Drawn from Imperial Intimacies, A Tale of Two Islands, the lecture will discuss how Professor Hazel Carby employed the insights of Stuart Hall into the nature of identities “as stories we tell ourselves,” and systems of recognition that we adopt, to trace the role of visual culture in creation of British imperial subjects and subjectivity.
Spouses And Partners
Dr. Bahar will present a comprehensive study on the dynamics of knowledge production and diffusion linked to global mobile inventors (GMIs). Together with his co-authors, Dr Bahar finds that GMIs are essential team members of the first few patents in technology classes new to the country of residence as compared to patents filed at later stages. They interpret these results as tangible evidence of GMIs facilitating the technology-specific diffusion of knowledge across nations.
Scholars, writers, and policymakers from Shakespeare to Obama have noted linkages between the physical environment and human behavior toward one another. Professor Burke synthesizes a growing cottage industry of research that seeks to quantitatively measure how changes in climate can affect various types of human conflict. He re-analyzes dozens of individual studies using a common empirical framework and uses Bayesian techniques to study whether – and why – effect sizes differ across settings.
Movie screening available on demand from Saturday October 2nd until Tuesday October 5th, 2021 (inclusive) to be followed by Panel and Q&A session on Wednesday, October 6th, 2021.
It is possible to identify gendered disadvantage at almost every point in a migrant woman’s journey, physical and legal, from country of origin to country of destination, from admission to naturalization. Rules which explicitly distribute migration opportunities differently on the grounds of sex/gender, such as prohibitions on certain women’s emigration, may produce such disadvantage. Women may also, however, be disadvantaged by facially gender-neutral rules.
The new normal way of living as a result of COVID-19 has huge repercussions on the human rights (economic, social and cultural rights) of most vulnerable groups. Human rights as defined by the UN means ‘’rights that are fundamental to all human beings regardless of race, sex, ethnicity, nationality, language, religion or any other status. These rights include the right to life and liberty, freedom from slavery and torture, freedom of opinion and expression, the right to work and education, and many more such as clean environment have become important to uphold.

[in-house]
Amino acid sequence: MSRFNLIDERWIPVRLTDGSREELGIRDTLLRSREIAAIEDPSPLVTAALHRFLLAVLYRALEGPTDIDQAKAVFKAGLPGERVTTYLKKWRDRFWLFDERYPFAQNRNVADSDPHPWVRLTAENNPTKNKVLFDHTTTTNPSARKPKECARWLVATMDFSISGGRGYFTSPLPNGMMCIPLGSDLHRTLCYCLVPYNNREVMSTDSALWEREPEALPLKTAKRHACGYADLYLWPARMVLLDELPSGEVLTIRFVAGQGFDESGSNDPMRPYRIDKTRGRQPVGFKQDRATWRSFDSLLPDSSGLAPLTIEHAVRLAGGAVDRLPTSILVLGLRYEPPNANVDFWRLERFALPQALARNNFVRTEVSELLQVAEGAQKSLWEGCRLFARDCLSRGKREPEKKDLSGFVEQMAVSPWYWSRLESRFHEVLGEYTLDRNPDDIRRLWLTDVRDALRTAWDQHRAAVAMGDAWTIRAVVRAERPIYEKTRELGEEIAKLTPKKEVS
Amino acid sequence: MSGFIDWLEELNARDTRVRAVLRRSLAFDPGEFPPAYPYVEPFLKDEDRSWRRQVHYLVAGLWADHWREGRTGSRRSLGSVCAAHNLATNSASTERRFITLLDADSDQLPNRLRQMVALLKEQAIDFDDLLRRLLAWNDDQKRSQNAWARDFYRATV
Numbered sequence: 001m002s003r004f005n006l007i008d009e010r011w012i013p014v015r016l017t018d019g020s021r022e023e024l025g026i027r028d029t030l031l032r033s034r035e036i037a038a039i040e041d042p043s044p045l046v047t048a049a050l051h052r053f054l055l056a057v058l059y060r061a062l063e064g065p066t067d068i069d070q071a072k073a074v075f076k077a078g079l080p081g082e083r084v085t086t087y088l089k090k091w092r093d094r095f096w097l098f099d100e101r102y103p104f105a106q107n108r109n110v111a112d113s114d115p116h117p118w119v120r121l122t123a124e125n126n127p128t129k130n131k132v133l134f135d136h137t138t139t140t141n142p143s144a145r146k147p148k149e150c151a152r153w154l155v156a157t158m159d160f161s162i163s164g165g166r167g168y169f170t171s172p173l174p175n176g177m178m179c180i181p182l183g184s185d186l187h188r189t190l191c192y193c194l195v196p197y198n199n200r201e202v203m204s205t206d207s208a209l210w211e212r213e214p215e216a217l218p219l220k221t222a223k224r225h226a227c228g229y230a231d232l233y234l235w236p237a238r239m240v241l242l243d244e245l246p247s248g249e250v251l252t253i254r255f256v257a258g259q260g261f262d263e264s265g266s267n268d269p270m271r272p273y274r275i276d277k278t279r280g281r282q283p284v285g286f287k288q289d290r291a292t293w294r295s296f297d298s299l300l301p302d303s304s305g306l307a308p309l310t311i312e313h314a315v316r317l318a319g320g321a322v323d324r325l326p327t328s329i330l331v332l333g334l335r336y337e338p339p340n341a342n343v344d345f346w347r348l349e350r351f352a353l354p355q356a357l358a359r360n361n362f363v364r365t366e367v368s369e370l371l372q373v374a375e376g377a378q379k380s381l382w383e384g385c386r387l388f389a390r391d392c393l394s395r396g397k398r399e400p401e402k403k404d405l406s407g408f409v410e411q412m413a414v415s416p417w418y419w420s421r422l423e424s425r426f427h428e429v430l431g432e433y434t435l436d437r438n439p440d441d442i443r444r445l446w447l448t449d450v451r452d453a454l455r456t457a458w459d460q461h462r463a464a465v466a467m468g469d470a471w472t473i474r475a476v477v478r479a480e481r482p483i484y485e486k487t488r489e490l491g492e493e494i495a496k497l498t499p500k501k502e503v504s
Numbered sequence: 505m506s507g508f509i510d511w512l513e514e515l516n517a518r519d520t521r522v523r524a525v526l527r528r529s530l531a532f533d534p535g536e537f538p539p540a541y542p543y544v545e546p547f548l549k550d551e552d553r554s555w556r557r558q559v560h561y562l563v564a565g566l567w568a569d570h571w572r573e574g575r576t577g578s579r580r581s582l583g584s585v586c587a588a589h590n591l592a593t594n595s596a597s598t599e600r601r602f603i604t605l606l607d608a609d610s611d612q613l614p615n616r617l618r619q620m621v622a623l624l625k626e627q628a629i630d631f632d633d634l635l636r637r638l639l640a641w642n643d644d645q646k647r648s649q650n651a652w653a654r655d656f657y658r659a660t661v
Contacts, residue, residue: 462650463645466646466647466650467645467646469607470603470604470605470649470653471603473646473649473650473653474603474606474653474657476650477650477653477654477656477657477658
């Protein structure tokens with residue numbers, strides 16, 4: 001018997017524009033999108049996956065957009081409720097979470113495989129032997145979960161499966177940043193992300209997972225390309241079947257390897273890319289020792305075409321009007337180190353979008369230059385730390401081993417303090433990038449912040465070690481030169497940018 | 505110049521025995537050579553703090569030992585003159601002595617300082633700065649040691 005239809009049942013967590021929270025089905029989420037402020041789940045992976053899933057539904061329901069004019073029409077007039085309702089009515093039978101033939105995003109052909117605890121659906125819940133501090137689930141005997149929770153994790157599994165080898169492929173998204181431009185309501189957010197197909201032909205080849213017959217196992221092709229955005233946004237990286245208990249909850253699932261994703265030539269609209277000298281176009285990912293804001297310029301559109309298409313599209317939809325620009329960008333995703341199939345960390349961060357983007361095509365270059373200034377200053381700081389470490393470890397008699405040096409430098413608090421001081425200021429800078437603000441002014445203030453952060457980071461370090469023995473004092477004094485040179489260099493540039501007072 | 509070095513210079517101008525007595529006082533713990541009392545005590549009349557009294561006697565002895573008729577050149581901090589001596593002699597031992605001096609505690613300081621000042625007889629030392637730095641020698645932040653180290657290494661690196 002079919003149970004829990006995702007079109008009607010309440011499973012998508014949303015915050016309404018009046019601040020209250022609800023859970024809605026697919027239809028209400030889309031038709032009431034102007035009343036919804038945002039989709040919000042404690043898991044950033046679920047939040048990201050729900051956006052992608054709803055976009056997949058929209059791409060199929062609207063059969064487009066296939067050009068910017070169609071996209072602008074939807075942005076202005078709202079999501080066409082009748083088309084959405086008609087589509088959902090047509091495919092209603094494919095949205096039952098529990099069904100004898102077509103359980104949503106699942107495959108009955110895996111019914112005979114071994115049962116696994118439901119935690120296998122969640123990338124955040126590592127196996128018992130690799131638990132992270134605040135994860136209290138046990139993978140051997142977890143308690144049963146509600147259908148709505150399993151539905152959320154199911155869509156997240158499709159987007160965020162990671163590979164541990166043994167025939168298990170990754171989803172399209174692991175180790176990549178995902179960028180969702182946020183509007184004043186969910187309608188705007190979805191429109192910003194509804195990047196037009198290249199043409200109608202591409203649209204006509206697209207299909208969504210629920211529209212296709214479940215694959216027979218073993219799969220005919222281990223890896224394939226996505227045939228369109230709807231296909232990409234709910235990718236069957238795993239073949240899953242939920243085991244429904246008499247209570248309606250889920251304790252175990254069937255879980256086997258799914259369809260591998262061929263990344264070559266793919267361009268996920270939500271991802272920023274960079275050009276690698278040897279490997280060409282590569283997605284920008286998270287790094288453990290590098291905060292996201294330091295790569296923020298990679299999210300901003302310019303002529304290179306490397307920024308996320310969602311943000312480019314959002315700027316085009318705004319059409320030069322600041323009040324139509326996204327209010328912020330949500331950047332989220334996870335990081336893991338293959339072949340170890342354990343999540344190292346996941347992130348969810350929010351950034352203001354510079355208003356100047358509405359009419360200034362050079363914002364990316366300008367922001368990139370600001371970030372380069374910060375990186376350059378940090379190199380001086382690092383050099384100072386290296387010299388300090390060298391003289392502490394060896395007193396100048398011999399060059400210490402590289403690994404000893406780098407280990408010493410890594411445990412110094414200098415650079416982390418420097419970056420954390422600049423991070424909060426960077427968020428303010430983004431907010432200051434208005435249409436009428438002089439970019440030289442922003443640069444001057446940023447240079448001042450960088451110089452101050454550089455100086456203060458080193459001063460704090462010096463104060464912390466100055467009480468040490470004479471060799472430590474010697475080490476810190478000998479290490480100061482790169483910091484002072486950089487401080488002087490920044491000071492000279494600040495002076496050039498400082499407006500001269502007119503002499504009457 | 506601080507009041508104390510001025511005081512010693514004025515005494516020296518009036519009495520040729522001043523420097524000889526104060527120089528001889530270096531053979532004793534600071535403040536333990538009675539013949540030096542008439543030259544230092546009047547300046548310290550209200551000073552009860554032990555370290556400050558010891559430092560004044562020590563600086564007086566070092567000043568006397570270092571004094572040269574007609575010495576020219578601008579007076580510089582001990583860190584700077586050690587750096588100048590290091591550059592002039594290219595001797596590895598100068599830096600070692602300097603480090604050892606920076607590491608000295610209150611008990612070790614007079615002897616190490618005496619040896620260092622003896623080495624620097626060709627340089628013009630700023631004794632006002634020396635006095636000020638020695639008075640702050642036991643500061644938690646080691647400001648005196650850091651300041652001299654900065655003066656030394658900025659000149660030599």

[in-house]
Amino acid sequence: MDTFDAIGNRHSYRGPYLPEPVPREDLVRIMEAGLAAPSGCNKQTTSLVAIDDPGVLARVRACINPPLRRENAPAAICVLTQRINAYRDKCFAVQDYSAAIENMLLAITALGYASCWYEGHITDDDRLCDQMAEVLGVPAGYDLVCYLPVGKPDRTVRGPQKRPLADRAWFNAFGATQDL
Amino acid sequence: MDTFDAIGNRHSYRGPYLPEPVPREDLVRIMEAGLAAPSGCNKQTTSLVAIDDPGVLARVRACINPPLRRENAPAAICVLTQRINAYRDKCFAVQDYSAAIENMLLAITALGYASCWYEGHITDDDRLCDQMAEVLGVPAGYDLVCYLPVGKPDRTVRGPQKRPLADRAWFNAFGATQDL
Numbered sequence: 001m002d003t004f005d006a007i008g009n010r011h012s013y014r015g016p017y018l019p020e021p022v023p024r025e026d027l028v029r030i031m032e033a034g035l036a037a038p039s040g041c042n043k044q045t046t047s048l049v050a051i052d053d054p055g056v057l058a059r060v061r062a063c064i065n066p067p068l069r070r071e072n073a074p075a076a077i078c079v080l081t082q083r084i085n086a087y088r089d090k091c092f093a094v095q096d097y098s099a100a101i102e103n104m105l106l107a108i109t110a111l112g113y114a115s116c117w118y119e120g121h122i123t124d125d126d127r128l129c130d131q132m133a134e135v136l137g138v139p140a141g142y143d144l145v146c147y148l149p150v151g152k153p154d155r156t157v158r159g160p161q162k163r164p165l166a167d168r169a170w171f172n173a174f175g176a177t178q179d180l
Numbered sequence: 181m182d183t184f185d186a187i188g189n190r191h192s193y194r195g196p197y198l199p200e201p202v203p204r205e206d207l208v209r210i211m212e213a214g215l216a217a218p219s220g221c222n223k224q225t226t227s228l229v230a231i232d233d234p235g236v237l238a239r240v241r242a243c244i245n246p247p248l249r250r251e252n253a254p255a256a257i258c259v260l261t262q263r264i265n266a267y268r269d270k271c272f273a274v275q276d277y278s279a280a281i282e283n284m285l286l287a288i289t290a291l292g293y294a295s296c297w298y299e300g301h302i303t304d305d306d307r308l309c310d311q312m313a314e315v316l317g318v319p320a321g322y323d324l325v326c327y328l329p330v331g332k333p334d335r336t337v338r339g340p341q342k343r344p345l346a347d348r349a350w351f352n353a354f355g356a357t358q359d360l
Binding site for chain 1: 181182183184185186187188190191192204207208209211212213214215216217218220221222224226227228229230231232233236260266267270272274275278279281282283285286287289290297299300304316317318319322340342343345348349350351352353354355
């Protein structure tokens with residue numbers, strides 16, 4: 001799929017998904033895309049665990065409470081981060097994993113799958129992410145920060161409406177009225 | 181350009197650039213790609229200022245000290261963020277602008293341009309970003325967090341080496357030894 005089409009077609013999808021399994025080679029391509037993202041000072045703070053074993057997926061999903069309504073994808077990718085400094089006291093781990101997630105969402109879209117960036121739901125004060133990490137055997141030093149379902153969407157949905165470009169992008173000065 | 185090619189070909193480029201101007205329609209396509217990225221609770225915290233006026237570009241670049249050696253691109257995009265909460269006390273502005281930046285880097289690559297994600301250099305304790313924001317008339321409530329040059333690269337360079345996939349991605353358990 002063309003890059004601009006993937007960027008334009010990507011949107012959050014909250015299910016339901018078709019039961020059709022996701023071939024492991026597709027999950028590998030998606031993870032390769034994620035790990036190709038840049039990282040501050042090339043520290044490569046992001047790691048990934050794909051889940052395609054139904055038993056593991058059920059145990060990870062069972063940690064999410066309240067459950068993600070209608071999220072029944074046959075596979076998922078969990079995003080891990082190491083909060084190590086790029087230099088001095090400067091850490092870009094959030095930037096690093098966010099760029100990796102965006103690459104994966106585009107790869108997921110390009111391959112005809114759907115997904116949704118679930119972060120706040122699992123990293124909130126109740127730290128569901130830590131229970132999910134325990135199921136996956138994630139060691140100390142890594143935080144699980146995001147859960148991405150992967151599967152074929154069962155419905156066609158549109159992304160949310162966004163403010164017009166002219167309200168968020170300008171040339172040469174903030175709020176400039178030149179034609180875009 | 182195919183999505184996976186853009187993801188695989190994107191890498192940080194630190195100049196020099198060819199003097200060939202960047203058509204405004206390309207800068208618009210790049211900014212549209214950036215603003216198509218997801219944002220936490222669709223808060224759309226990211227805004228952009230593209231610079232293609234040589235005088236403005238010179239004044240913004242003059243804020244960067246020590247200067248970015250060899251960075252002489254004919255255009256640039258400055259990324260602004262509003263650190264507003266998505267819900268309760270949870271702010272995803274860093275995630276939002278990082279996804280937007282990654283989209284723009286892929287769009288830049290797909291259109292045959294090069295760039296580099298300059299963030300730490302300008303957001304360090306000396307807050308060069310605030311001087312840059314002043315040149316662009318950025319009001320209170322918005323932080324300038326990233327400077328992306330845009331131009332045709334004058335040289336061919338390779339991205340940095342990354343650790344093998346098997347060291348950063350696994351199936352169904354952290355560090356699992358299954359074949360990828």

The Jackson Institute for Global Affairs will host a conversation with Hopewell Chin’ono, a Zimbabwean human rights activist, award-winning journalist, and documentary filmmaker. The event is co-sponsored by the Poynter Fellowship in Journalism.
Chin’ono will speak about his exposure of corruption in Zimbabwe, the ruling government’s repeated detention of him and others seeking justice and share his ideas about how the international community and the Biden Administration can assist Zimbabweans.
This 6th annual refugee health educational event will provide updates for health care providers and community members regarding ongoing clinical and non-clinical domestic advocacy efforts to support the health of refugee families during the Covid-19 pandemic. The conference will take place virtually as part of Yale Medicine’s Global Health Day Activities on March 18, 2021.
6:00-6:15 pm: Welcome and State of the Union
An update on the current politics of the US refugee program, changes to the Yale Refugee Clinic
Ani Annamalai and Maya Prabhu
Witness what happens when Yale Dance Lab in partnership with the Yale Schwarzman Center invites 16 choreographers to create digital dance poems, performed by dancers from across the Yale community. Knitting together local, national, and international communities of dance, Transpositions: Dance Poems for an Online World explores the continuous and interrupted transmission of embodied dance practices in digital life. Edited by by Kyla Arsadjaja MFA ‘20, the concept and direction of this episode is by Lacina Coulibaly.
Witness what happens when Yale Dance Lab in partnership with Yale Schwarzman Center invites 16 choreographers to create digital dance poems, performed by dancers from across the Yale community. Knitting together local, national, and international communities of dance, “Transpositions: Dance Poems for an Online World” explores the continuous and interrupted transmission of embodied dance practices in digital life. Edited by by Kyla Arsadjaja MFA’20, the concept and direction of this episode is by Gregory Maqoma.